In this Zing I episode, we arrive in Tahiti to pick up our new dinghy! The 3.5 meter OC Tender. We named it Nolikī 😉
We have an interview with Russ, the owner/builder of these fantastic boats.
Next we use the OC Tender to give “Sinky” to Katoosh: two brothers who are sailing around the world in a boat they were born on! They lost their rudder while we were buddy boating in the Tuamotus. Please watch the video to hear that story.
Lastly, we travel 14nm to go to the neighboring island of Mo’orea, have a jump-off with some old friends, and pick up a local to travel to the only raised-atoll in French Polynesia: Makatea.
Hope you all enjoy this episode!
Much love! James
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When we arrived to Hawai’i on Dec 22nd, 2019, we thought it was the end for us and our wild plans to sail the world. At least for a while.
But we thought wrong! The fact that our community poured SO much love our way and made sure that we could keep going, seriously chokes us up.
Now we can actively search for a new boat, and the 169% funding we’ve received, has opened up some pretty cool options.
Zingaro I is gone – the weight lifted
Two days ago we signed over the title of our first catamaran. Zingaro is sold!
As hard as it was to say goodbye to our old friend, the feeling an hour later, when it really sank in was… We don’t know the words… Relief, alleviation, calmness, readiness.
This was the final crux keeping us from really letting go and moving on, and it’s finally finished. We are finally ready to start the next chapter. We are ready to let go of the past, and focus on the future.
Coming soon: adventures from the South Pacific…
Stay tuned for our next and last episodes with Zingaro I ! We will take you with us across the South Pacific to…
Real time update | While Kim is visiting her family in Berlin, I am solo sailing through the Tuoamotus, looking for the coolest places to bring her back to. This archipelago is definitely one of the most beautiful areas of the world!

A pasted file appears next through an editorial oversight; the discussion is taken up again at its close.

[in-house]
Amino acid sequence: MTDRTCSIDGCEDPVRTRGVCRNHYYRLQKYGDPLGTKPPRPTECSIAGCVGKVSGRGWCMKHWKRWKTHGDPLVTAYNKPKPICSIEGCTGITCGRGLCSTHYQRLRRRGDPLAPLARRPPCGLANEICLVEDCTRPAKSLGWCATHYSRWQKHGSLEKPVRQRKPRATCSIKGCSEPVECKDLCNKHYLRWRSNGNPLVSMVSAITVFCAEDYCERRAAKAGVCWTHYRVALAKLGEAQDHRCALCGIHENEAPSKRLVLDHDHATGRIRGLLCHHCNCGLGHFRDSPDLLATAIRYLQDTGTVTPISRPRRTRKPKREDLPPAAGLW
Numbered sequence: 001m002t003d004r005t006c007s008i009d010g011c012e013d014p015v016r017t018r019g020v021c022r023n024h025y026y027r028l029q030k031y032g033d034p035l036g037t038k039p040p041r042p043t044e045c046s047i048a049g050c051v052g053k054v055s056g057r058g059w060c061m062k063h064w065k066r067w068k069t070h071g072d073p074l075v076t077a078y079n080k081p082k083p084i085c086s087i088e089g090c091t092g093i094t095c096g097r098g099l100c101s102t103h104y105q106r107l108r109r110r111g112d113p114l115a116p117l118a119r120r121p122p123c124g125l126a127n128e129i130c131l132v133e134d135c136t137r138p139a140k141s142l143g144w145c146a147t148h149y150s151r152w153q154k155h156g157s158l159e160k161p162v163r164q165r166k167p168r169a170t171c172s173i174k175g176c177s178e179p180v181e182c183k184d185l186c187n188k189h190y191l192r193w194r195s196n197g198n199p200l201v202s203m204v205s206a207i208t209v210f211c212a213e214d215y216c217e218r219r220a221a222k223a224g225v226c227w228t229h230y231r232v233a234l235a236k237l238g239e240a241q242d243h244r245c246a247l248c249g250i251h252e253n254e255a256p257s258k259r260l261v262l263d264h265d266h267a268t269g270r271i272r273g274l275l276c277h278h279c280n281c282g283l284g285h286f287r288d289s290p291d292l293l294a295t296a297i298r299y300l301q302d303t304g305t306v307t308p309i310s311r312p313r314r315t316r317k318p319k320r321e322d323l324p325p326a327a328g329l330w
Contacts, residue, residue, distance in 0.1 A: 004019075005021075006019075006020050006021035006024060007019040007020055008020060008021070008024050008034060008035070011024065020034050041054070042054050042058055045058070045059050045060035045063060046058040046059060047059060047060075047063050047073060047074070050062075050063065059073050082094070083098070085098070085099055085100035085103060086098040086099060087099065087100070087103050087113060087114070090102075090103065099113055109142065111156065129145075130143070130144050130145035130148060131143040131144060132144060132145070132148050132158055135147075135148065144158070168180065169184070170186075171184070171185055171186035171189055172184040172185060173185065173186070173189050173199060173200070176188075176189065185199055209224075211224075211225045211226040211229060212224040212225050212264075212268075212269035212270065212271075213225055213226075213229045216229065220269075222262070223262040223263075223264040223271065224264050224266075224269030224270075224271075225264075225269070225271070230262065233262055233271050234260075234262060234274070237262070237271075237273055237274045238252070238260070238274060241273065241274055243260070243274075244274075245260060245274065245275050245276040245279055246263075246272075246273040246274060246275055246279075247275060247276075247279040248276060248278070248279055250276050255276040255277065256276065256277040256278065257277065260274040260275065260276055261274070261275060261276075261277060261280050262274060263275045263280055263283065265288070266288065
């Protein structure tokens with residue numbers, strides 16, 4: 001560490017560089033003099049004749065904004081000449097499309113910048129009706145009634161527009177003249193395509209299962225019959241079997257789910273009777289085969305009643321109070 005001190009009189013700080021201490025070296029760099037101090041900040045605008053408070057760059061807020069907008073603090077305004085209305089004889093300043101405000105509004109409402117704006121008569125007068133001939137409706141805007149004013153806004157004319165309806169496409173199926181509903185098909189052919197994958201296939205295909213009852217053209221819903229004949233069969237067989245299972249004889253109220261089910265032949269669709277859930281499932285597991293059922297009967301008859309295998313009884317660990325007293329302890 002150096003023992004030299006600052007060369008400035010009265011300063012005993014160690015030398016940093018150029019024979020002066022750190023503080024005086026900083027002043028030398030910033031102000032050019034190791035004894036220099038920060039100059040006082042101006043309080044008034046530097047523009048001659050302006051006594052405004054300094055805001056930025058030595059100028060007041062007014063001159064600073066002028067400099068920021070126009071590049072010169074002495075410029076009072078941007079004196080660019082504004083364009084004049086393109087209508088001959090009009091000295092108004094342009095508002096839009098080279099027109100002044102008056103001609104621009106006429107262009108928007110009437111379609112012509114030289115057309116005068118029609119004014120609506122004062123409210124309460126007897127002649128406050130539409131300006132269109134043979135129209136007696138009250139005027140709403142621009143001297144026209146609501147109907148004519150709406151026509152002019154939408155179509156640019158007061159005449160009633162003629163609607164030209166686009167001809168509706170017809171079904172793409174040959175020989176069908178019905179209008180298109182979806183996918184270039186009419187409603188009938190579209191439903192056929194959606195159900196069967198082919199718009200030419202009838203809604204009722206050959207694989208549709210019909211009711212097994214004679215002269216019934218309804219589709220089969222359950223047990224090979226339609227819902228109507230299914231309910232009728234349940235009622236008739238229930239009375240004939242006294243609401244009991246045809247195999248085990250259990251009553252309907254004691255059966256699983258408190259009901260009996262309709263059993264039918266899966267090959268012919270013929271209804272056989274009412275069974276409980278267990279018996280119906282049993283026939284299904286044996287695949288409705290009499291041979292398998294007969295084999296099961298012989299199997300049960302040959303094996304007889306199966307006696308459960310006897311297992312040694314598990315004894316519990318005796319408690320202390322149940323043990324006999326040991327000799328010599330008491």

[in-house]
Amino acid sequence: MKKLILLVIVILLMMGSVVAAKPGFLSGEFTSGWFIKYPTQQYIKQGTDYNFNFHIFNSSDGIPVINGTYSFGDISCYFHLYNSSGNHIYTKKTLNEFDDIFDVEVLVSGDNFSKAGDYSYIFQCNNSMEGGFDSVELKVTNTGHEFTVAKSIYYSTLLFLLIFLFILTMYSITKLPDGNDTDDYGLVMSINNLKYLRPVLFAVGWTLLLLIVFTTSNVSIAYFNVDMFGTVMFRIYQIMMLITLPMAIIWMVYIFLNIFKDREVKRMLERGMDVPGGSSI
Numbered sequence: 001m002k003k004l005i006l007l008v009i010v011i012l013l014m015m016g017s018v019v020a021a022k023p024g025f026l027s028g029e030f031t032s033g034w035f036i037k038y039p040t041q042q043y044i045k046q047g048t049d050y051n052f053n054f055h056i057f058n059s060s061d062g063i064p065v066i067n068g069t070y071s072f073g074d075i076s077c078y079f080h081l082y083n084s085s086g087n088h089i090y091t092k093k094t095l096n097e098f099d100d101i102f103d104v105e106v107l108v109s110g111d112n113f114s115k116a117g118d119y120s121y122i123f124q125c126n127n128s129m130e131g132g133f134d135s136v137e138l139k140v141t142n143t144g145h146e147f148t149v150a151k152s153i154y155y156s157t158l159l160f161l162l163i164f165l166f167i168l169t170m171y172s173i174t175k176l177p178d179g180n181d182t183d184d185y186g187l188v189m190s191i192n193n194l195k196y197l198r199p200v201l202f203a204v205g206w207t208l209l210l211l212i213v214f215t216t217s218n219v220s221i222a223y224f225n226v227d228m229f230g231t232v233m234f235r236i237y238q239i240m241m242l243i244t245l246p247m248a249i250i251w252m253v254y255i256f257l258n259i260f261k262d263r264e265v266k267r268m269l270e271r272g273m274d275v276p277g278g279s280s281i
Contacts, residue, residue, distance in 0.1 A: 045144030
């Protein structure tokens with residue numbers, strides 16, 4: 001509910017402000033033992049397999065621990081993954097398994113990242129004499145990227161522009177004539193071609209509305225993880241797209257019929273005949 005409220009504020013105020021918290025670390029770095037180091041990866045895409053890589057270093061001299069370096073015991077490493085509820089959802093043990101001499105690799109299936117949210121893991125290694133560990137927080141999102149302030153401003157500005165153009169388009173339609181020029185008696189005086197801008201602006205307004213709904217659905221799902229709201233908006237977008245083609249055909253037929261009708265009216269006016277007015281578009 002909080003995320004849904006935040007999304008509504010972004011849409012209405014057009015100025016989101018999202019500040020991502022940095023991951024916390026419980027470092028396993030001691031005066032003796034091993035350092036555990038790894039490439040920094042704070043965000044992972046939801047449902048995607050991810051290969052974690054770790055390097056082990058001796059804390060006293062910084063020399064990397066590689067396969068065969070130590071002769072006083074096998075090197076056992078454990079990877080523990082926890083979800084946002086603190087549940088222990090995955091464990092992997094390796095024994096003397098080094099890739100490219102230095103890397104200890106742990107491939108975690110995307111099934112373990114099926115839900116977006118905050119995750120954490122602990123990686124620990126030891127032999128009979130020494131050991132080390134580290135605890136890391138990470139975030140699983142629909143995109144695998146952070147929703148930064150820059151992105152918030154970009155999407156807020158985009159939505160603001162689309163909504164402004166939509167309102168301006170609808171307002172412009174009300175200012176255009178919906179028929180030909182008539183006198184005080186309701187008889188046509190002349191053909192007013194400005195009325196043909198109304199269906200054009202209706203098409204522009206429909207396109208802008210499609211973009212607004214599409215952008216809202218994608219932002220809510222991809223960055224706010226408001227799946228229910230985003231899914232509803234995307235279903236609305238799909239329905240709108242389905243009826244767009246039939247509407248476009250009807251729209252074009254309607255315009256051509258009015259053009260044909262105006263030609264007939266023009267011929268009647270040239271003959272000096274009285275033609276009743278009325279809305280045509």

The Tuamotus are a group of atolls in the South Pacific. Very remote, very beautiful and very dangerous. Before the GPS age sailors avoided most of this area, because it was too dangerous to safely navigate. It is still dangerous if you’re not on your A-game – just this month three boats have been wrecked on reefs here. I saw one of them, when I was coming into the pass here in Rangiroa. It’s a constant reminder to be diligent.
Interesting notes on this journey:
My main sail ripped out of the mast track
Imagine you go outside at 2am and see your main flying in the wind, only held on by the halyard at the top and the foot at the bottom. And your alone. And it’s blowing hard with 6’ waves. But dangerous, that work. You can easily slip and fall in trying to wrangle the main. The only way I could do it was to let the halyard down almost to the deck, with the main spilling aft of the boat, and pull/push it back into the bag. Harder than it sounds, that thing is heavy. We are getting a new track shipped in, it’s and aftermarket tides marine track, they told me this happens after 10 years. Not sure the age.
No sleep – I start to hallucinate
It’s really nerve-racking sailing here solo. I usually sleep in 1 hour blocks, after the sun rises, no sails (drifting), and as long as I’m not within 20nm of land. I’m not sure how others do this… but here in the Tuamotus it’s hard to sleep because you know, if you sleep too long or the wind changes, you’ll loose your boat. At the same time after 36hr of no sleep I start to hallucinate (I know this from my navy days) and that’s no good either.
Sailing on/off anchor
I’ve really been trying to practice sailing on/off anchor, tacking with various sail setups (only jib, reduced jib, etc) and trying to learn the boat a bit better. Even after three years and 20k miles on her… I still have things to learn and I can still be a better sailor. That said, this last journey I sailed off anchor in one atoll, sailed 80nm to the next, through the pass, and sailed onto anchor in between a bunch of boats here. I’m damned proud of that. Too many people rely on the engines far too often. You don’t need them if you’re patient and willing to give it just a little more effort. It may pay off in the long run, as engines only fail when you need them the most.